Paul rebuked Peter because of the danger of salvation for the faithful, and did not allow the latter’s sin to pass, since it was scandalous, though small. He thereby taught others that they should act magnanimously by rebuking the crimes of their prelates when these scandalise the Church and by their bad example lead others toward damnation. The princes of the Church and the princes of the world are obliged to do the same, when the pope scandalizes the Church, once he has been admonished in private and not come to his senses. For it is likely that he will be cowed [verebitur] when princes rebuke him publicly, even if he doesn’t care about the salvation of his subjects. And so even if he himself does not become good, at least he will not continue to scandalise others.

Indeed, those who can help have a much greater duty to do this than to save someone who is being led to bodily death. For they must set themselves ‘up as a wall for the house of Israel’. ‘Seeing their brothers in need and shutting up, in effect, the bowels of their mercy from them, how do they have the charity of God?’ [Commentary on the Summa Theologiae, 2a 2ae 33, 4].

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A remarkable book was published just over a year ago, called In Sinu Iesu. The title is a quotation from Jn. 13:23: Now there was reclining on Jesus’s breast one of his disciples, whom Jesus loved. The book consists of an internal colloquy taking place over several years between the author, named simply as ‘a Benedictine monk’ and ‘a priest’, and our Lord. In that respect it resembles somewhat The Imitation of Christ.  It has already been translated into Czech, and I have met someone who is translating it into German.

The dominant theme of the book is Christ’s desire for His people, and especially His priests, to seek out His friendship by spending time before the Blessed Sacrament. Other themes include the lamentable state of much of the Church, the lukewarmness and scanty faith of priests, the role of our Lady in the spiritual life, the future renewal of the priesthood and the Church, and the four last things. The words in which Christ is represented as speaking, by their union of loving simplicity and gravity of tone, of antiquity of content and freshness of appeal, have, to my mind, all the marks of authentic private revelation.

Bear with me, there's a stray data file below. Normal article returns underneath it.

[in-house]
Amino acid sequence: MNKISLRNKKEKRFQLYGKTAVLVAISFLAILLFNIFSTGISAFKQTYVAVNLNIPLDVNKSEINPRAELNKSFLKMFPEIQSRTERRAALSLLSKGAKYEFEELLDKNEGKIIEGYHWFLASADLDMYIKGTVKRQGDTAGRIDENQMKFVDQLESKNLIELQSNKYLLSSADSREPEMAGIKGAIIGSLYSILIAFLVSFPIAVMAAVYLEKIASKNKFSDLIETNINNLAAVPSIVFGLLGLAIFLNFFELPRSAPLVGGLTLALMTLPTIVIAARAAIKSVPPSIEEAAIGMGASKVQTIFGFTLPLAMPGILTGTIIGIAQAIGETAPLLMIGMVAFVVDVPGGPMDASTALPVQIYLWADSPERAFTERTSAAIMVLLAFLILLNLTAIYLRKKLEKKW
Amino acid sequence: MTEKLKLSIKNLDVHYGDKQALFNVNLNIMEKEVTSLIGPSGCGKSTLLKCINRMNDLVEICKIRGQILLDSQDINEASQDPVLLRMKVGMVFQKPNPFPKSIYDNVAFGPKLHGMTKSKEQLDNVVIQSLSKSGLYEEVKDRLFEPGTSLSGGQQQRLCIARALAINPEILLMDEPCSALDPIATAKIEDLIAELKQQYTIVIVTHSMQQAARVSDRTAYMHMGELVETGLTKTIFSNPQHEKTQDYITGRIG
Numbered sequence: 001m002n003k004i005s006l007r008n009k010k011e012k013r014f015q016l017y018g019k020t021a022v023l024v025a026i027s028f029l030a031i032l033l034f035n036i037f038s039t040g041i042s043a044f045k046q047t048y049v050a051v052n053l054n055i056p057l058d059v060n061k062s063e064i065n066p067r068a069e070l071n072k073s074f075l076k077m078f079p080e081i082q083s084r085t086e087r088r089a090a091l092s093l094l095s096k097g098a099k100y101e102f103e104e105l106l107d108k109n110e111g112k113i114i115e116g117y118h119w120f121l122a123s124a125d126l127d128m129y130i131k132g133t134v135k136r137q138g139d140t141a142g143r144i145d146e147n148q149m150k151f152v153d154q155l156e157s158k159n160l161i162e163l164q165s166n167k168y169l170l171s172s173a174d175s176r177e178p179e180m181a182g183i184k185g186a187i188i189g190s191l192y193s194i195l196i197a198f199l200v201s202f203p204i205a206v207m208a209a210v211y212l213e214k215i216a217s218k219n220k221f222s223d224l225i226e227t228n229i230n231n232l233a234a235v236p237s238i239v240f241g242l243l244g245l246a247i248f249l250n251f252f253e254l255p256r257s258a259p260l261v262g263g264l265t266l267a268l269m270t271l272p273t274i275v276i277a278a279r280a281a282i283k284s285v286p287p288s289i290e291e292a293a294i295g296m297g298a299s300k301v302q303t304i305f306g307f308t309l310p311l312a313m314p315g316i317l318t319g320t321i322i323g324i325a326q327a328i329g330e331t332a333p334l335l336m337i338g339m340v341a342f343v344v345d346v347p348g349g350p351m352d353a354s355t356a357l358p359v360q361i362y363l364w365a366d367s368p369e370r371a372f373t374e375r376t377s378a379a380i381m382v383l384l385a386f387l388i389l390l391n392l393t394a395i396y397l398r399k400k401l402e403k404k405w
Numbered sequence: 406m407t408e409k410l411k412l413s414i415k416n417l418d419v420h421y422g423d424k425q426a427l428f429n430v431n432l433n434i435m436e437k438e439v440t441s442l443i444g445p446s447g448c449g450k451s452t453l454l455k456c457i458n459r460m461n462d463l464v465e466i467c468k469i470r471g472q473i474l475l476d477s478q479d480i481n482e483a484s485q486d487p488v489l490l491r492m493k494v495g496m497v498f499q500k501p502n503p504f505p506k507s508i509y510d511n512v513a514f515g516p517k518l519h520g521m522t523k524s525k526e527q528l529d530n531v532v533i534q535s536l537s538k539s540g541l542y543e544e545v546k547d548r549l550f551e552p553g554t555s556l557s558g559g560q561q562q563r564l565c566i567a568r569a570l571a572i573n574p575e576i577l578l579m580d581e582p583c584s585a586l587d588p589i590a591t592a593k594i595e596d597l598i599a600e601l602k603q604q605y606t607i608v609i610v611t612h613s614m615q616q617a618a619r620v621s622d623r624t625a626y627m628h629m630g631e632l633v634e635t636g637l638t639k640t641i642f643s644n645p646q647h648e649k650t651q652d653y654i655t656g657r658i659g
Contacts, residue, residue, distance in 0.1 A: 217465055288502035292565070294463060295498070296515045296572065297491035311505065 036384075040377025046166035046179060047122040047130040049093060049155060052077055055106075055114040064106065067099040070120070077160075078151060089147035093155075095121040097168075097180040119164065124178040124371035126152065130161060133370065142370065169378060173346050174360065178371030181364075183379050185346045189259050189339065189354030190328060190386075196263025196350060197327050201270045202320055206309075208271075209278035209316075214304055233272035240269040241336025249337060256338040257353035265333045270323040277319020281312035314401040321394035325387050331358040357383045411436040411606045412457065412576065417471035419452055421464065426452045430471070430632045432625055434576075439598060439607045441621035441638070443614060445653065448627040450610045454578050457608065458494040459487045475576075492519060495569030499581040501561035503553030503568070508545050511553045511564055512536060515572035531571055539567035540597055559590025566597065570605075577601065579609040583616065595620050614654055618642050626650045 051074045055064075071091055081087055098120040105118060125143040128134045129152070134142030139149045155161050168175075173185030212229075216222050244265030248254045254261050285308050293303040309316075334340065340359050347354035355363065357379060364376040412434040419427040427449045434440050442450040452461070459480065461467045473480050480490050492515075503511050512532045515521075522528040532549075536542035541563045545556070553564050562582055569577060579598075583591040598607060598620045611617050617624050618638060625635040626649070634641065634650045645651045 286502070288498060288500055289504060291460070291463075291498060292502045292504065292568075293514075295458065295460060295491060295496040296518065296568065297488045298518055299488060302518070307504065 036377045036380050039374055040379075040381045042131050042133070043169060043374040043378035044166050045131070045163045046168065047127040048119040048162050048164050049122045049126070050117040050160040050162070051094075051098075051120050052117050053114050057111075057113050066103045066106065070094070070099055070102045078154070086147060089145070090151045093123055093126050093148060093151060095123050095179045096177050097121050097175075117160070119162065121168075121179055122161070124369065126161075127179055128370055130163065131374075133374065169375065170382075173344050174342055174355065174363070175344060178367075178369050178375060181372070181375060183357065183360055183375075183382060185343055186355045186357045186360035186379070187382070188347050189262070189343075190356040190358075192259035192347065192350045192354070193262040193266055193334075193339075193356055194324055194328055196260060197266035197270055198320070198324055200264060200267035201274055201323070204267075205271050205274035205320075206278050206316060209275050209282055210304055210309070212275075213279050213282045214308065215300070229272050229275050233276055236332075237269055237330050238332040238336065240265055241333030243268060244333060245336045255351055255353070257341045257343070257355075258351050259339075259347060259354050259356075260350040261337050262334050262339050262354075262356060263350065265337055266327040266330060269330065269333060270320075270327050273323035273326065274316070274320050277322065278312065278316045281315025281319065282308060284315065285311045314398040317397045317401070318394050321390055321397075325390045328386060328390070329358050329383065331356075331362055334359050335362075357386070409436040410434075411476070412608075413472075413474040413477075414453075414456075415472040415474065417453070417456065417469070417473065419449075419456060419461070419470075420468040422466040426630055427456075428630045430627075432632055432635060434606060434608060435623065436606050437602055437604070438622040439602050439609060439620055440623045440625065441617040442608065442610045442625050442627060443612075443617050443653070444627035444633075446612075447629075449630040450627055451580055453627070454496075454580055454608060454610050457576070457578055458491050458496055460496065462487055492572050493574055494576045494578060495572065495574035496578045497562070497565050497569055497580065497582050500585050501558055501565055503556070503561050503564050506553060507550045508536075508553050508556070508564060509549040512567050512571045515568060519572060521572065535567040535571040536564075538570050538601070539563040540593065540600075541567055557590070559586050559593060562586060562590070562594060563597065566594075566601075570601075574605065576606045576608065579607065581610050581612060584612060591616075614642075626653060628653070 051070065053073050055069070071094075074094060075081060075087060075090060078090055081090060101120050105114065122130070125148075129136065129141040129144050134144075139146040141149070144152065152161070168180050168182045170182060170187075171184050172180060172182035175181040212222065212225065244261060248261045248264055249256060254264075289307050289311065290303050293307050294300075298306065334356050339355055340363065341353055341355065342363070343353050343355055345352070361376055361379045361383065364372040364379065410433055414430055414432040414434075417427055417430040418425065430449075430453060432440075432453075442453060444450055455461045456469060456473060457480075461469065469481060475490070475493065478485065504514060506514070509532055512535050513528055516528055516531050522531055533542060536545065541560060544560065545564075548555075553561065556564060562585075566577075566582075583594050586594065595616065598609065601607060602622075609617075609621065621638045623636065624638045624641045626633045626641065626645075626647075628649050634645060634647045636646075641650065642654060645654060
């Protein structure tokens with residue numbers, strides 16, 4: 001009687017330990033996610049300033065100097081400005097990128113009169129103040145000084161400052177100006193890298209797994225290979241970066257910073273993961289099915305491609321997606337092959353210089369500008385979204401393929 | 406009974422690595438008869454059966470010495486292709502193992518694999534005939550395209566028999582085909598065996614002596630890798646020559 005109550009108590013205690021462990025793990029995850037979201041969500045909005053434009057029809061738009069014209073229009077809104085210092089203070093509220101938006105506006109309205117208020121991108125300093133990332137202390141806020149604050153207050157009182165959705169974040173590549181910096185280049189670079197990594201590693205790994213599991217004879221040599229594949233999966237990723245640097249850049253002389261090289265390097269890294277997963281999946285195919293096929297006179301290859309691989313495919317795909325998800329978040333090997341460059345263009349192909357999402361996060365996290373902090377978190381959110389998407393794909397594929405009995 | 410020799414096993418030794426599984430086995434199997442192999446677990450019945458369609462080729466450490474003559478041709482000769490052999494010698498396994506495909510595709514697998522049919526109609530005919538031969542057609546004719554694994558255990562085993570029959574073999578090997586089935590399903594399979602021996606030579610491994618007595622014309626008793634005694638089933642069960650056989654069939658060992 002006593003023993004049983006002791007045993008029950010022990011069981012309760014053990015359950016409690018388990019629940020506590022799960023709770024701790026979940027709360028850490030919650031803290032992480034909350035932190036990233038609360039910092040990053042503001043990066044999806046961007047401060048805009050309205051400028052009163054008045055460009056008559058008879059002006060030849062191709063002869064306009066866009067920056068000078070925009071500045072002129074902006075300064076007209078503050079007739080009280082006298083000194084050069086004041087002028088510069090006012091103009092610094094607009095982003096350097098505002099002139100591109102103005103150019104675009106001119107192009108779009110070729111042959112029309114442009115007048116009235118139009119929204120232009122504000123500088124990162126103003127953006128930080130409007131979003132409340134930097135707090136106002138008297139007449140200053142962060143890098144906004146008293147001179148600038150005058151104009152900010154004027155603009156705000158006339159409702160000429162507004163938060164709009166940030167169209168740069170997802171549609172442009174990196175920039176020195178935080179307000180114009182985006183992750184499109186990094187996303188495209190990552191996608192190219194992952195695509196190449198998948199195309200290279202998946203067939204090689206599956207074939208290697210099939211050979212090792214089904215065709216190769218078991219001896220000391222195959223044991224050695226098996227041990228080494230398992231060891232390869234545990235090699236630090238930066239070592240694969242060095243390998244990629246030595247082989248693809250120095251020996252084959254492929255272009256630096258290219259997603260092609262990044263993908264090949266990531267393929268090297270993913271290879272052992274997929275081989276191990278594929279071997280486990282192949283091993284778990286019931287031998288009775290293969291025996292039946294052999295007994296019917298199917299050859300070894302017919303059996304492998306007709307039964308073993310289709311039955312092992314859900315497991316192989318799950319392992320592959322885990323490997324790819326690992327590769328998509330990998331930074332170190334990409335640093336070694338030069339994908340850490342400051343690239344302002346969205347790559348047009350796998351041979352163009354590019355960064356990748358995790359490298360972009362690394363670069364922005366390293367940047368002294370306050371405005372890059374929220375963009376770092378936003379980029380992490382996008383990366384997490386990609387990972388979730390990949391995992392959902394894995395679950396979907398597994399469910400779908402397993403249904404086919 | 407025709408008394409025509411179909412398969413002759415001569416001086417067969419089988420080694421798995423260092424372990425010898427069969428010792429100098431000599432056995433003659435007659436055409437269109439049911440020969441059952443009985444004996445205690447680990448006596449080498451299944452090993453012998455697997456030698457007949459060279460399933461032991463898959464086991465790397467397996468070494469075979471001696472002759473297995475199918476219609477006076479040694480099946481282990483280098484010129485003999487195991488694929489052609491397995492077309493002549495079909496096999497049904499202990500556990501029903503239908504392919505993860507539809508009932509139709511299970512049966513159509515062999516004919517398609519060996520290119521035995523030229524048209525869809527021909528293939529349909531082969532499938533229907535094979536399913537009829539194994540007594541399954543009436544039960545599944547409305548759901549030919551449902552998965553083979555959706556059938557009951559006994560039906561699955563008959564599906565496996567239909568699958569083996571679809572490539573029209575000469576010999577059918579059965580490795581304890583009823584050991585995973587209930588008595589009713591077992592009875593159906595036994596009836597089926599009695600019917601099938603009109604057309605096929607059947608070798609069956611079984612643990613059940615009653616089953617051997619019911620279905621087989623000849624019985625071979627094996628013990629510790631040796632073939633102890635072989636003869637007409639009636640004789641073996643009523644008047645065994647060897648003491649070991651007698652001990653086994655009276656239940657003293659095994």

The last date ascribed to the words of our Lord is April 14th, 2016. Amoris laetitia was published on April 8th. Neither here nor anywhere else does the book mention Amoris laetitia, nor, as far as I remember, the present papacy or the synods on the family. But this last entry of the book contains these words:

Consecrate yourself to My Mother, and lift your eyes to her all-pure countenance. She is the star whom I have set in the darkness of the firmament, lest those who belong to Me lose hope and perish in the tempest that threatens the very survival of all that I have done and of the works of My saints. Those who flee to My Immaculate Mother and cling to her mantle of protection will emerge from the sorrows of this time, and, after the raging tempest, will rejoice in a  peace that the world cannot give.

Amen, amen I say to you, that you shall lament and weep, but the worlds shall rejoice; and you shall be made sorrowful, but your sorrow shall be turned into joy.